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American Transcendentalist Literature 1840-1855. A new philosophy: Transcendentalism. Began in the 1840’s Literary Movement influenced by the German philosopher, Immanuel Kant Concentrated in New England – called the New England Renaissance

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American

Transcendentalist Literature

1840-1855


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A new philosophy: Transcendentalism

  • Began in the 1840’s

  • Literary Movement influenced by the German philosopher, Immanuel Kant

  • Concentrated in New England – called the New England Renaissance

  • Reaction against intellectual and rational belief of the Unitarian Church.


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Transcendentalism – A definition

  • Human senses can know only the physical reality.

  • The fundamental truths of existence lay outside the reach of the senses and can only be grasped through intuition.

  • Attention is focused on the human spirit

  • Attention is also focused on the natural world and its relationship to humanity.

  • All forms of being God, nature, and humanity are spiritually united.


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Elements of Transcendentalism

  • Mysticism and emotional intensity

  • Emphasis on the Individual

  • Respect for Nature

  • Great faith in higher forms of knowledge

  • Live simply

  • Transcendental is the understanding a person gains intuitively


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Major Beliefs

  • Over-Soul: omnipresent power of goodness and truth

  • Basic truth of the universe lies beyond the knowledge we obtain from ourselves.


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Major Beliefs:

  • We obtain knowledge through:

  • Physical world - science and technology

  • Intuition - soul


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Influences on Transcendentalism

  • Religion - “New Puritanism”

  • We can experience God first hand

  • Everyone can experience God

  • Inner spiritual life is confirmed by nature

  • Spiritual unity of all forms of being - God/humanity/nature share universal soul.


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Influences

  • B. Literature (Romanticism)

  • Belief in the good of humanity.

  • Value of the individual

  • Nature demands reverence of the writer. It is a symbol.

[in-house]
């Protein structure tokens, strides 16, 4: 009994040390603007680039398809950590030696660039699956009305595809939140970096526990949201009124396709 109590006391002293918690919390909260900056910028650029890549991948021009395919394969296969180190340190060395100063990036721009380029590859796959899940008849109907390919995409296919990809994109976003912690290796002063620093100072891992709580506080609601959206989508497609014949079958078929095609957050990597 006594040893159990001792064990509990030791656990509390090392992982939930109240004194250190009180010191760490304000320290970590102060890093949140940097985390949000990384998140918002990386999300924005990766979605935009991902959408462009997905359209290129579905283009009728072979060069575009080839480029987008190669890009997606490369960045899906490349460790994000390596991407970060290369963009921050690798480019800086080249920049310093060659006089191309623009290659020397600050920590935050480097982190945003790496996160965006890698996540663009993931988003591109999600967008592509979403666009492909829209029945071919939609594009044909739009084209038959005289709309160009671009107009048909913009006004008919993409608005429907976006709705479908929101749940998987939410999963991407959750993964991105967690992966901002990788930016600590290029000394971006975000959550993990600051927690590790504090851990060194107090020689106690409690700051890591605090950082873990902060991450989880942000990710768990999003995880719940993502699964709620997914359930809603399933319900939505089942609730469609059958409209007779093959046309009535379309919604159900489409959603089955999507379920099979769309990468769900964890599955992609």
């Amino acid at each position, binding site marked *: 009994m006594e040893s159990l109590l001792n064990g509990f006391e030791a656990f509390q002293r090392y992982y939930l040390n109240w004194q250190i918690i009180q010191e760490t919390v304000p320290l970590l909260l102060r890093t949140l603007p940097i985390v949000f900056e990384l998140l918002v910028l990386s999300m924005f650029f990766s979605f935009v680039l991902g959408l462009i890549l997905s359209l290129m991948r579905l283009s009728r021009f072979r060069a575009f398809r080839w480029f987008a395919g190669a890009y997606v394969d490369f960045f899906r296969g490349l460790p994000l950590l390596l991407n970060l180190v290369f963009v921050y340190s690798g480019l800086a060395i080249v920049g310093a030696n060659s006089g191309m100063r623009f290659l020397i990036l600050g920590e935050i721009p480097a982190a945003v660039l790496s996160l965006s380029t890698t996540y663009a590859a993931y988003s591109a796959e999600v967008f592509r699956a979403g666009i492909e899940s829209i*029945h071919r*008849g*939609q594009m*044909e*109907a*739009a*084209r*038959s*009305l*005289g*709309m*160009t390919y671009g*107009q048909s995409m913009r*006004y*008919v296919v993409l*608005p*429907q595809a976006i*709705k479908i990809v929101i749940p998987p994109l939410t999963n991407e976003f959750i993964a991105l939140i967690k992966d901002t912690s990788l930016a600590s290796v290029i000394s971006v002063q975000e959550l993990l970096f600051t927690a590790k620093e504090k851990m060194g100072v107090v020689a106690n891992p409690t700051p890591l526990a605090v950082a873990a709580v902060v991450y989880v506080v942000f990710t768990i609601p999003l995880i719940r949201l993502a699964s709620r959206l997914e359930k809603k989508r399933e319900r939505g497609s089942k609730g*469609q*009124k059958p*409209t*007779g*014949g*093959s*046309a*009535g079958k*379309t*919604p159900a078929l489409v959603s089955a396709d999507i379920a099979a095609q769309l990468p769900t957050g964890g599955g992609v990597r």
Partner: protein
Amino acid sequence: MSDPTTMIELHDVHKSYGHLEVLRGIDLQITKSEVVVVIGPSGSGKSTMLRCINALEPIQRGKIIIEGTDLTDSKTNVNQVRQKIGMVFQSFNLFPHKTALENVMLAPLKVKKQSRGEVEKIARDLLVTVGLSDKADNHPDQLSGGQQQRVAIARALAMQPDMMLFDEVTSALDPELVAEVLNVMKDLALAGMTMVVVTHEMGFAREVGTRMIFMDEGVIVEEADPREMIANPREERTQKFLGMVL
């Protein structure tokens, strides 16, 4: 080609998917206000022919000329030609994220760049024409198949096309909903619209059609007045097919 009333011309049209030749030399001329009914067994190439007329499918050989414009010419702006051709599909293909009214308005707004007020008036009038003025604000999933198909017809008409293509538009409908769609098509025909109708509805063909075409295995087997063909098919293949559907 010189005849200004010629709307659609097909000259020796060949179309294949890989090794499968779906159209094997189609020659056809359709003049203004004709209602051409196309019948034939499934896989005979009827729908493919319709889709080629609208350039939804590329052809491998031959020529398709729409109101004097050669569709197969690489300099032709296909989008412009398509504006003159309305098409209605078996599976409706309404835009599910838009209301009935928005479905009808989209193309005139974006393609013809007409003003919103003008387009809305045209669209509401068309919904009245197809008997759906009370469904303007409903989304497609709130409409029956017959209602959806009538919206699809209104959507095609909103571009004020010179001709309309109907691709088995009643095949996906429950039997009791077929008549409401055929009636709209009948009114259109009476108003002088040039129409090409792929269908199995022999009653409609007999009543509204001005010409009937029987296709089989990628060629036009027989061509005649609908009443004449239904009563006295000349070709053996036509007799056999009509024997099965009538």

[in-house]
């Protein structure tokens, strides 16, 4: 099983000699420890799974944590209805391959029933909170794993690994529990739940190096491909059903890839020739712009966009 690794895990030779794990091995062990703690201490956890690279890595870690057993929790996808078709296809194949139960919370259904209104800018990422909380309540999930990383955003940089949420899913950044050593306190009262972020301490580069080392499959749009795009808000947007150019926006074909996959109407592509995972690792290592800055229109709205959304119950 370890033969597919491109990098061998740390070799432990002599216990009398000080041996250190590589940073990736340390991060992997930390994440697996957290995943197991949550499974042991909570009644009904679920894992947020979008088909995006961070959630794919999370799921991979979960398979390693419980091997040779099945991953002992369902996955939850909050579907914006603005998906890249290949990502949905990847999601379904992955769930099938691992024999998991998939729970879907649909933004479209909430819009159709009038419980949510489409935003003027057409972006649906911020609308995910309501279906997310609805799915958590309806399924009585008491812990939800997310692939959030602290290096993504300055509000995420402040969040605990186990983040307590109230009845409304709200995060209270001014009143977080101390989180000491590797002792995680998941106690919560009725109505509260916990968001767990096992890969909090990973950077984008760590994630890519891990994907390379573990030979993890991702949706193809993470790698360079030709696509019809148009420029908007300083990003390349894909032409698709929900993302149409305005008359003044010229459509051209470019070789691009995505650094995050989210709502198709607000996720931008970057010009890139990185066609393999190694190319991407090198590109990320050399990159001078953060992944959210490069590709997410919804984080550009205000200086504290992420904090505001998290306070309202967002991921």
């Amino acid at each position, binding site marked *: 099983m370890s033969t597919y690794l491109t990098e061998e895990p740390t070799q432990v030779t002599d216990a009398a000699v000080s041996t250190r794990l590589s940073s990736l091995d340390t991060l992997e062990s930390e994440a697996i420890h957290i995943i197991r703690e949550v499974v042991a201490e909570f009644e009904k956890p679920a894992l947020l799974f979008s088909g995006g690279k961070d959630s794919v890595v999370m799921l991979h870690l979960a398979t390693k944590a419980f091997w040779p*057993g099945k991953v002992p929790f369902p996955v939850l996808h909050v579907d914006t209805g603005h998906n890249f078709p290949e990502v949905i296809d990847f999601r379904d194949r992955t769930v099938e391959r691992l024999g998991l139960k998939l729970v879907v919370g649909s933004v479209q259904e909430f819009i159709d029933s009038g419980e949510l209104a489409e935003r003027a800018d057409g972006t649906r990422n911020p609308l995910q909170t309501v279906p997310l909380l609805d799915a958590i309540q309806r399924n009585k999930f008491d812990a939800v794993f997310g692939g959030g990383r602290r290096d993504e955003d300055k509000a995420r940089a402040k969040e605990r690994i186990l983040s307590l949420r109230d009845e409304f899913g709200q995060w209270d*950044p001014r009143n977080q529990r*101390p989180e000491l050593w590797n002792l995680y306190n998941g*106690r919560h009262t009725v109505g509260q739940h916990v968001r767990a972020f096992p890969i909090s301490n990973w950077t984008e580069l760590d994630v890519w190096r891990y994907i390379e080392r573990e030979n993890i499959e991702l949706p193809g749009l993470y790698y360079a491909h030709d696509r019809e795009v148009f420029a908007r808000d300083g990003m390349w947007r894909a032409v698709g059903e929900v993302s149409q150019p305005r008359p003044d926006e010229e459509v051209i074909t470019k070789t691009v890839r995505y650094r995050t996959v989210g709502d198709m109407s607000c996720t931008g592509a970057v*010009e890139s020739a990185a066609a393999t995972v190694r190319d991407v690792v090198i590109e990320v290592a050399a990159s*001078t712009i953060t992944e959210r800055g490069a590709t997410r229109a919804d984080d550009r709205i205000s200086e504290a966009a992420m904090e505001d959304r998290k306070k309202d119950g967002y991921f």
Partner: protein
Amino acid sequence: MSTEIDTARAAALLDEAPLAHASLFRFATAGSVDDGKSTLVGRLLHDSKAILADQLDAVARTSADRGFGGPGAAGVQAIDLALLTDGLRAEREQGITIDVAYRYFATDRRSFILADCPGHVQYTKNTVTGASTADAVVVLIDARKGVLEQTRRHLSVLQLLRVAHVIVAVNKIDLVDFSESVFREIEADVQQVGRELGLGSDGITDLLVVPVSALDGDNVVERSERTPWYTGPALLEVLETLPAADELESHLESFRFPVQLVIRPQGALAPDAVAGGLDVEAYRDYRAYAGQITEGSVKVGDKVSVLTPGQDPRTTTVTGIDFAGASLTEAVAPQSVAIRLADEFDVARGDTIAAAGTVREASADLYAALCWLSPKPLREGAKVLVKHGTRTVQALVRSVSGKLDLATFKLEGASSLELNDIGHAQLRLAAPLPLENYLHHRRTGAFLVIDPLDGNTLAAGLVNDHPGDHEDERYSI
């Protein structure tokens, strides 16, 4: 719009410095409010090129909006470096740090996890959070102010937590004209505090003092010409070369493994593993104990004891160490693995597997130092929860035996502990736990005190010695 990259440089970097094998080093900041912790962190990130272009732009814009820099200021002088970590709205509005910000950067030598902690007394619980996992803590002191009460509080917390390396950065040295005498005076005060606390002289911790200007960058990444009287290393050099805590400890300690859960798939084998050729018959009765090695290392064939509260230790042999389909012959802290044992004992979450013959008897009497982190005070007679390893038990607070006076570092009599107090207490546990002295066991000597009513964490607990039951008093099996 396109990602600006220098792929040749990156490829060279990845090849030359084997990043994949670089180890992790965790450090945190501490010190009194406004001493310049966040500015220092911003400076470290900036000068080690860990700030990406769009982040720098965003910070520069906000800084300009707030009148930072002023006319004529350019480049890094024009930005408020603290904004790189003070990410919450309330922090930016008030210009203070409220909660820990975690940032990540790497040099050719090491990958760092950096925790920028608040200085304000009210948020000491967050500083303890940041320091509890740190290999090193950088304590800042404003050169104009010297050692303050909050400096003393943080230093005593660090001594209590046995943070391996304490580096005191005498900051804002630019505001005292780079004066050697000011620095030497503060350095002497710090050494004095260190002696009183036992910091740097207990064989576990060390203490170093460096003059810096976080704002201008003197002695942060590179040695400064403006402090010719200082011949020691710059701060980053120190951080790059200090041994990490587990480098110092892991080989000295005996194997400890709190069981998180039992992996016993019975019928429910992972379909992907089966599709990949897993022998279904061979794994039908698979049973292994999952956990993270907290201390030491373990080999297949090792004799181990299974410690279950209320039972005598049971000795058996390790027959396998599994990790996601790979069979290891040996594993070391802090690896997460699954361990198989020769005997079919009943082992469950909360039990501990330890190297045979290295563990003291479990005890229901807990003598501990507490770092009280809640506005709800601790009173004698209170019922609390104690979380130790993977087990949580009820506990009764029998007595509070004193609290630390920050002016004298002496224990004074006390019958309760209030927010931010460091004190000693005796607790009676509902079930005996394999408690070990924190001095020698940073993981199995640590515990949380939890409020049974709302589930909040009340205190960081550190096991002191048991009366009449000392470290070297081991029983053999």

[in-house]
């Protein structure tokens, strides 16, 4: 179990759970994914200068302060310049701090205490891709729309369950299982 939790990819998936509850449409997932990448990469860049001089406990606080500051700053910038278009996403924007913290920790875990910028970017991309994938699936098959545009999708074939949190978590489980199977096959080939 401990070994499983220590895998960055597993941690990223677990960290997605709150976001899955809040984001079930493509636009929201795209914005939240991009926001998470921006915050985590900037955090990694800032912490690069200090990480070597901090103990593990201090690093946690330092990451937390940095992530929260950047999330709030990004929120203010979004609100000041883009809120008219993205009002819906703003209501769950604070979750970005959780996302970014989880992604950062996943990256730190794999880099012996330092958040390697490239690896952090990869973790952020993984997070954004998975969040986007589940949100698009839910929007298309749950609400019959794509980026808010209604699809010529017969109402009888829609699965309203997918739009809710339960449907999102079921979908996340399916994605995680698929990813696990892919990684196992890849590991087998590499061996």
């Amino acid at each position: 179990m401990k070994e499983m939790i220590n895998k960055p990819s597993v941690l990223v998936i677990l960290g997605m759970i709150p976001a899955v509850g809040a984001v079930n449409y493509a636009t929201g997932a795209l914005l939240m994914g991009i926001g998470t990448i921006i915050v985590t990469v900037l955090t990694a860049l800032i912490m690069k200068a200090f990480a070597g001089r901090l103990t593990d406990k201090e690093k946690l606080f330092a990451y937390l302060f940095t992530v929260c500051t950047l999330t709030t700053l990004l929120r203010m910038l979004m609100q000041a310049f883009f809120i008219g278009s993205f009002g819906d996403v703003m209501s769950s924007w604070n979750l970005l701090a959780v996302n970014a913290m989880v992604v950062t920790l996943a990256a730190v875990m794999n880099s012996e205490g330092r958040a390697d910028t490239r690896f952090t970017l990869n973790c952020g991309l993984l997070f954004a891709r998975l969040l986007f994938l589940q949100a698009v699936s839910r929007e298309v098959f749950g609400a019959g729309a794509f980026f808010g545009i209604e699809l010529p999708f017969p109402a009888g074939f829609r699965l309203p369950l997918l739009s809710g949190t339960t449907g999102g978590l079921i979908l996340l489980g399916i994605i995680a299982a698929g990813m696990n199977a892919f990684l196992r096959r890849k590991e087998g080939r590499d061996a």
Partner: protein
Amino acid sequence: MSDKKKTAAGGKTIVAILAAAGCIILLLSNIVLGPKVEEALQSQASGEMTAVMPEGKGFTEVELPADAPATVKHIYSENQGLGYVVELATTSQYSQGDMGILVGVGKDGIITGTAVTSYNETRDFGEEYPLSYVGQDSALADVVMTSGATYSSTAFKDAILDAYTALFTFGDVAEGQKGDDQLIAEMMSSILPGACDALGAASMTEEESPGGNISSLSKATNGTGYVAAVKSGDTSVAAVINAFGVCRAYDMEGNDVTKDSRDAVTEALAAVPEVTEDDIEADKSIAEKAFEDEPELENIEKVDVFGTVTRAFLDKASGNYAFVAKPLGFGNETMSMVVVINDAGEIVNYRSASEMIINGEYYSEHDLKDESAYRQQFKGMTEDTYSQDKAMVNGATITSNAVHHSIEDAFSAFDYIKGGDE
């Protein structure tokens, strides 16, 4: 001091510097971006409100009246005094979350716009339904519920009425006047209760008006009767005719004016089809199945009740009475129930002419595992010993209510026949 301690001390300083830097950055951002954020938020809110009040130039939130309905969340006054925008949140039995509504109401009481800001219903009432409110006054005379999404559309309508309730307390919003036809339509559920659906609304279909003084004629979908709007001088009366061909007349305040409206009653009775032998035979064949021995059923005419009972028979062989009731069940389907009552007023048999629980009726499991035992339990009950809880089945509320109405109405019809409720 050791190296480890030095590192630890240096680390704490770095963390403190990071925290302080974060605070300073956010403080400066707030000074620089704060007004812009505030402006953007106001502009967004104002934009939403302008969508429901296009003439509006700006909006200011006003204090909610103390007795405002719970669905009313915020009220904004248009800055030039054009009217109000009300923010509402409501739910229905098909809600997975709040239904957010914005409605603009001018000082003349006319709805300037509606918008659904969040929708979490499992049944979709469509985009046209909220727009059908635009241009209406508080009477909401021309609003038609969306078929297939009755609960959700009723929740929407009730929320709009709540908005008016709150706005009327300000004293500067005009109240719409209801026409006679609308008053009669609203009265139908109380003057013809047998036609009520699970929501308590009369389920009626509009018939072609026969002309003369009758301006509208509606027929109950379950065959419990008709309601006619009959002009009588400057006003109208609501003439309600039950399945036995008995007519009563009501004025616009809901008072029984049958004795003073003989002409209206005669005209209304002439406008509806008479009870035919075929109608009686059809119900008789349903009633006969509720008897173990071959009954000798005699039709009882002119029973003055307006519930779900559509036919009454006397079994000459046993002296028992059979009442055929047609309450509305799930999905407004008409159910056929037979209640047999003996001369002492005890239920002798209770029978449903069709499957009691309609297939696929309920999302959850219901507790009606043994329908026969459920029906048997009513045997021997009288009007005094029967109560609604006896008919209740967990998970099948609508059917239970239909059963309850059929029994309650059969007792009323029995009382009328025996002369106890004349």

• Nature is a means to self-knowledge.


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Achievements of Transcendentalism

  • Relates all individuals to both the natural world and their own inner worlds.

  • New self-awareness

  • Long-term influence on American poetry -- development of individualism.


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American Transcendentalists

  • Ralph Waldo Emerson

  • Henry David Thoreau

  • Walt Whitman

  • Emily Dickinson


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Ralph Waldo Emerson1803 - 1882

  • Father of Transcendentalism.

  • Told Americans they should develop their own distinctive art forms, rather than to continue to imitate European models.

  • Major Work: Nature


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Henry David Thoreau1817 - 1862

  • Follower of Emerson who put the transcen-dental philosophy into practice.

  • Bought land near Walden Pond and lived there for two years.


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Henry David Thoreau

  • Major Works: Walden and “Civil Disobedience.”

  • “Civil Disobedience” profoundly influenced leaders throughout the world, including Mohandas Gandhi and Martin Luther King, Jr.


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Walt Whitman1819 - 1892

  • Co-founder of modern American poetry.

  • Style characterized by frank subject matter, long, rambling style.

  • His mission was to bring ranks, races, and civilizations together.

  • Major Work: Leaves of Grass.


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Emily Dickinson1830-1886

  • Wrote nearly 1,800 poems.

  • Cofounder of Modern American Poetry.

  • The majority of her poetry was published after she died.

  • In 1955, she finally gained the recognition she deserved.


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Emily Dickinson

I'm Nobody! Who Are You

I'm nobody! Who are you?

Are you nobody, too?

Then there's a pair of us--don't tell!

They'd banish us, you know.

How dreary to be somebody!

How public, like a frog

To tell your name the livelong day

To an admiring bog!


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